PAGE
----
Vol. XXXIII, Issue 3
Summer 2020
Text Only Version
In This Issue
A Commitment to Racial Justice from the ATSA Board of Directors
Editor's column
Presidentís message
ATSA Juvenile Practice Committee: JUMPP
It is time for ATSA members to join the Campus Conversation
Practicing at the Front Lines of COVID-19: Complexities and a return to the basics
What to think about if you want to diagnose a Nonconsent Paraphilia
As Men Do
Juvenile Practice Committee
A Message from ATSAís Student Representative
Do service providers see different responsivity issues when working with Latinx clients convicted of sexual crimes?
The Paraphilias: Changing Suits in the Evolution of Sexual Interest Paradigms
The Sex Offender Housing Dilemma: Community Activism, Safety, and Social Justice
2020 ATSA Board Election
The ATSA Conference is moving online!
Welcome ATSA's newest members
Thank you to ATSA's Student Sponsors
Eulogies of Dr. Richard Laws
Newsletter Tools
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Forum Editor
ATSA Forum Editor:
Heather M. Moulden, Ph.D.

Editoral Board Members:
Katherine Gotch, MA, LPC
Deirdre M. D'Orazio, Ph.D.
Sharon Kelley, Psy.D.

Book Reviewers:
David Prescott, L.I.C.S.W.
Becky Palmer, M.S.

Contact the editor or submit articles to:

Heather M. Moulden, Ph.D.
Forensic Program
St. Joseph's Healthcare
Hamilton, Ontario, Canada
E: hmoulden@stjoes.ca
P: (905) 522-1155 ext. 35539
A Commitment to Racial Justice from the ATSA Board of Directors
ATSA Board of Directors

All of us on the Executive Board of Directors and in the Office of the Association for the Treatment of Sexual Abusers share the world’s outrage and grief over the killings of Sandra Bland, George Floyd, Breonna Taylor, Ahmaud Arbery, Tony McDade, and so many others whose lives were taken due to the effects of systemic racism and our society’s reluctance to address it.

We understand that Black, Brown, and Indigenous people are disproportionately represented within the criminal justice system and are more likely to be marginalized and labeled as high-risk to offend or reoffend. Because ATSA’s members work with individuals that society constantly marginalizes, we also see on a daily basis how marginalization negatively affects individuals’ well-being, hope, resilience, and ability to safely reintegrate into society.

Within ATSA, we recognize that our members and Executive Board of Directors do not reflect the racial, ethnic, cultural, and gender diversity of those we serve. And we know that it is essential that we nourish a broad and inclusive culture that encourages a diversity of perspectives and range of voices within our association.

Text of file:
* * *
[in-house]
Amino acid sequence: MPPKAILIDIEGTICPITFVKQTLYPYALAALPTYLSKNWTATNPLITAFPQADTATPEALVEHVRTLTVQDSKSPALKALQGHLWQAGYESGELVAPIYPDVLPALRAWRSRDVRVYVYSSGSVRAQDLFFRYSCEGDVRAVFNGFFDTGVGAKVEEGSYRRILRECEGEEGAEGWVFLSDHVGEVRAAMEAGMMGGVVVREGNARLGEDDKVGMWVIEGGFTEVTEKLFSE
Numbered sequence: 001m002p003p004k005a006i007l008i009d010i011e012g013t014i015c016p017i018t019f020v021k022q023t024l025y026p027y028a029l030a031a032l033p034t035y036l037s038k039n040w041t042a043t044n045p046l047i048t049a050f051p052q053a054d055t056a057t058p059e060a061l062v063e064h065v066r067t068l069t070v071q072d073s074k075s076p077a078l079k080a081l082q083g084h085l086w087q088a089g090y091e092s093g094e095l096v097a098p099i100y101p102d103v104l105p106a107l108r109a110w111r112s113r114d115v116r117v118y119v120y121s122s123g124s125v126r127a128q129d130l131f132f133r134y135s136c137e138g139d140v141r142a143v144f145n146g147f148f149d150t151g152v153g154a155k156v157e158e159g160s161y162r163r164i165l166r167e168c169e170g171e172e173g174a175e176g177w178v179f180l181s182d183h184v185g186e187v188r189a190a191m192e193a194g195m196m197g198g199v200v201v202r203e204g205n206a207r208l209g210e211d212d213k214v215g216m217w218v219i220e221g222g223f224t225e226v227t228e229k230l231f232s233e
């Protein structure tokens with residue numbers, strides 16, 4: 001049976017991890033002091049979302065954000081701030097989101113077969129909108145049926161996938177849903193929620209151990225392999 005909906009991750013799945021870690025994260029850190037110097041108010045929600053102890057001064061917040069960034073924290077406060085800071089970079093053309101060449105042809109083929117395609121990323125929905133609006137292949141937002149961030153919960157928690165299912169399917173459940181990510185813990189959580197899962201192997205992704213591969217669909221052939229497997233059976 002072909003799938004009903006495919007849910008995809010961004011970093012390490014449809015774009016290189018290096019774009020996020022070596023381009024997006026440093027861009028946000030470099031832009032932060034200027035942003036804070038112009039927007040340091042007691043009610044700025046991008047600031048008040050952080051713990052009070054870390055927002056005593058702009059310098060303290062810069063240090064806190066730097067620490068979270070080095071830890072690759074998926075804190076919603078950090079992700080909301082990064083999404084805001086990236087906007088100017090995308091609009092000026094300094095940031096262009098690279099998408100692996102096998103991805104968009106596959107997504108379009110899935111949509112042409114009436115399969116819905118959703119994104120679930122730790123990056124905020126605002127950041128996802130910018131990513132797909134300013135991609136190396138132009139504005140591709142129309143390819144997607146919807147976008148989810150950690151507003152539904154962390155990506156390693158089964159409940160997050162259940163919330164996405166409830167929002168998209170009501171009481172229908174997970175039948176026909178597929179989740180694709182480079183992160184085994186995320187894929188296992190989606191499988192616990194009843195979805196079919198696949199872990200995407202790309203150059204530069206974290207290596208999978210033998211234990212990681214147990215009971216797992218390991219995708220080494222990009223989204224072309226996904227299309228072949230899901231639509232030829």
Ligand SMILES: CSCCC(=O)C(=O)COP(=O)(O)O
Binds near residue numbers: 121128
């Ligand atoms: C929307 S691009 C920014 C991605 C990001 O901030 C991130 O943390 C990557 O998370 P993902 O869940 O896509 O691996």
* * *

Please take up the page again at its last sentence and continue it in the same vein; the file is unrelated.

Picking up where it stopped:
We know we can do better, and we will do better.

We commit to doing more to diversify our membership and to acknowledge that many of our Black, Brown, and Indigenous colleagues may feel isolated doing this work. In addition, we commit to reaching out to individuals within underrepresented communities to include them in ATSA’s membership as well as on the Board of Directors, in standing committees, and as members of other leadership groups.

To mentor, encourage, and welcome diversity within ATSA’s membership, leadership, and partnerships, we will continue to host listening sessions regarding race, power, and privilege; reach out to better understand how issues of race, power, and privilege affect our members and clients; foster a commitment from our members to be more reflective of the communities our clients come from; and formalize processes for incorporating awareness of race and privilege into all facets of our association’s work.

ATSA members represent treatment providers and researchers, parole, probation, and corrections officers, district attorneys, public defenders, and law enforcement officials, victim advocacy groups, and others. Given our collective expertise, we have the ability and responsibility to help build a more equitable criminal justice system that will benefit everyone. We will stand with our members to work together to guide changes to policy and practice and to increase the diversity of the many professionals in our fields. 

It will take all of us together to recognize, understand, and acknowledge our society’s systemic racism and to address the harm it causes to the individuals subjected to it. We commit to working with our membership and other organizations to address these barriers to racial justice. The time for discussion has passed. This is a time for action. We invite you to join us in creating an inclusive and safe world for everyone.

The ATSA Board of Directors

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